See alsoScottish Dress; Tartan .


Barber, E. J. W. Prehistoric Textiles: The Development of Cloth in the Neolithic and Bronze Ages, with Special Reference to the Aegean. Princeton, N.J.: Princeton University Press, 1991.

Bonfante, Larissa. Etruscan Dress. Baltimore: Johns Hopkins University Press, 1976.

Cheape, Hugh. Tartan: The Highland Habit. Edinburgh: National Museums of Scotland, 1995.

Dunbar, J. Telfer. The Costume of Scotland. London: B.T. Batsford, Ltd., 1981.

Israel, Fred. 1897 Sears Roebuck Catalogue. New York: Chelsea House Publishers, 1976.

Kidwell, C., and M. Christman, eds. Suiting Everyone: The Democratization of Clothing in America. Washington D.C.: Smithsonian Institution Press, 1974.

Milbank, Caroline Reynolds. New York Fashion: The Evolution of American Style. New York: Harry N. Abrams, 1989.

Yohannan, Kohle, and Nancy Nolf. Claire McCardell: Redefining Modernism. New York: Harry N. Abrams, 1998.

Fiona Anderson

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plaidad, add, Allahabad, bad, Baghdad, bedad, begad, cad, Chad, clad, dad, egad, fad, forbade, gad, glad, grad, had, jihad, lad, mad, pad, plaid, rad, Riyadh, sad, scad, shad, Strad, tad, trad •chiliad • oread •dryad, dyad, naiad, triad •Sinbad • Ahmadabad • Jalalabad •Faisalabad • Islamabad • Hyderabad •grandad • Soledad • Trinidad •doodad • Galahad • Akkad • ecad •cycad, nicad •ironclad • nomad • maenad •monad, trichomonad •gonad • scratch pad • sketch pad •keypad • helipad • launch pad •notepad • footpad • touch pad • farad •tetrad • Stalingrad • Leningrad •Conrad • Titograd • undergrad •Volgograd • Petrograd • hexad •Mossad • Upanishad • pentad •heptad • octad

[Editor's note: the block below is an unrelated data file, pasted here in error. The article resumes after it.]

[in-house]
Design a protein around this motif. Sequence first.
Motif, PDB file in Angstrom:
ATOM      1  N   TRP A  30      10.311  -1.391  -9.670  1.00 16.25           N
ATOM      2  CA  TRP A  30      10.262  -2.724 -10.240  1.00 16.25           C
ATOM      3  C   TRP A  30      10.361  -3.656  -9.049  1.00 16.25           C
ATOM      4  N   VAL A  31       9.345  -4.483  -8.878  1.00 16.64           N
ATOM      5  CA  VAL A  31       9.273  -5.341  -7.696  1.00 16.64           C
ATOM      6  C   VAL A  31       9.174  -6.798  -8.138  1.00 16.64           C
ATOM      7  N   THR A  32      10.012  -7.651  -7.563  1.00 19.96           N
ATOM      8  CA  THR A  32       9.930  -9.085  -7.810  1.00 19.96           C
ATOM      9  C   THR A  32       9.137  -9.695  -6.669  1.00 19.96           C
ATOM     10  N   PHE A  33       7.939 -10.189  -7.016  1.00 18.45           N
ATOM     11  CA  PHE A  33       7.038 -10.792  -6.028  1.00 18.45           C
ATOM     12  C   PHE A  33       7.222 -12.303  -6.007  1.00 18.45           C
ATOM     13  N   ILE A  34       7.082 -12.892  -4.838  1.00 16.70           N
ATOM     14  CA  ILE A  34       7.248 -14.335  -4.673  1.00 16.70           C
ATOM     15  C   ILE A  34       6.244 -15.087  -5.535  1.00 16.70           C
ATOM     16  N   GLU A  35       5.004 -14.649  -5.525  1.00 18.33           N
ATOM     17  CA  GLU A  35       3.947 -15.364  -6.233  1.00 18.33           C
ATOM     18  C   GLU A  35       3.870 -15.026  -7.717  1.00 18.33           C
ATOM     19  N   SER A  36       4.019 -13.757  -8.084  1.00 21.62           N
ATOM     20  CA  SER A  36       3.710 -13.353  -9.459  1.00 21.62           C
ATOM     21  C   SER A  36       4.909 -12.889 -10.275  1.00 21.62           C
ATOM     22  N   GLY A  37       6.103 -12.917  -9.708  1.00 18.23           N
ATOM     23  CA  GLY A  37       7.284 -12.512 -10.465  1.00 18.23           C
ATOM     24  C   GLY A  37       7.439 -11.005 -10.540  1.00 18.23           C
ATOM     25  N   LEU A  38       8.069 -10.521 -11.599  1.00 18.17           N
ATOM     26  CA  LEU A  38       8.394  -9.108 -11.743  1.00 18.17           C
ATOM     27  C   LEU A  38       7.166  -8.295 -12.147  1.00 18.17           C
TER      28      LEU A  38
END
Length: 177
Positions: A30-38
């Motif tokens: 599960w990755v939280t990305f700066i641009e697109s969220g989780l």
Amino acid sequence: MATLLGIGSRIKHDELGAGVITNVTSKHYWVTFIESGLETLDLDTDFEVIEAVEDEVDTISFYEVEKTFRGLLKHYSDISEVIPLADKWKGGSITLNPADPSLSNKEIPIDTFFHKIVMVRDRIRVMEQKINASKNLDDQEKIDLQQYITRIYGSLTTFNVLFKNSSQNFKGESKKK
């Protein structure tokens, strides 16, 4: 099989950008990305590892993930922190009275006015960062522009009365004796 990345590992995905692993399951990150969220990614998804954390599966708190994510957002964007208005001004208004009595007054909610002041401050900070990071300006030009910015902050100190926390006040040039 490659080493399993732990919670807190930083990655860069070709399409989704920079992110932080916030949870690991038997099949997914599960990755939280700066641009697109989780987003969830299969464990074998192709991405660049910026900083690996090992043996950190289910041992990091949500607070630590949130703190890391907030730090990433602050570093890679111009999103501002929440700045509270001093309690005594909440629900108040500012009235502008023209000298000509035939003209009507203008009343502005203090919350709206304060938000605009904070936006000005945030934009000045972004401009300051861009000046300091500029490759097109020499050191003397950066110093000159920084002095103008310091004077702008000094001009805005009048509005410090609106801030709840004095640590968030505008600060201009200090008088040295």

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plaid, a long shawl or blanketlike outer wrap of woolen cloth, usually patterned in checks or tartan figures. Now a distinctive feature of the Highland costume, it was formerly worn in all parts of Scotland and in N England by both men and women. The early Celtic people excelled in dyeing and in Roman times wore gay, many-colored, checkered plaids, woven or sewed together in squares of different colors. Through the Middle Ages and until the 18th cent. the people of North Britain belted their plaids about them, the lower part forming the kilt, the upper part the cloak. A shepherd's plaid is of black-and-white check. A tartan plaid has crossbars of three or more colors combined in designs distinctive of the different Highland clans and serving a heraldic purpose. In modern usage plaid may signify merely pattern, as a plaid gingham.

See C. Hesketh, Tartans (1961); I. Grimble, Scottish Clans and Tartans (1982).

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plaid / plad/ • n. checkered or tartan twilled cloth, typically made of wool. ∎  a long piece of plaid worn over the shoulder as part of Scottish Highland dress. DERIVATIVES: plaid·ed adj.

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plaid outer garment of Highland costume XVI; stuff of which this is made XVII. — Gael. plaide = Ir. ploid blanket, of unkn. orig.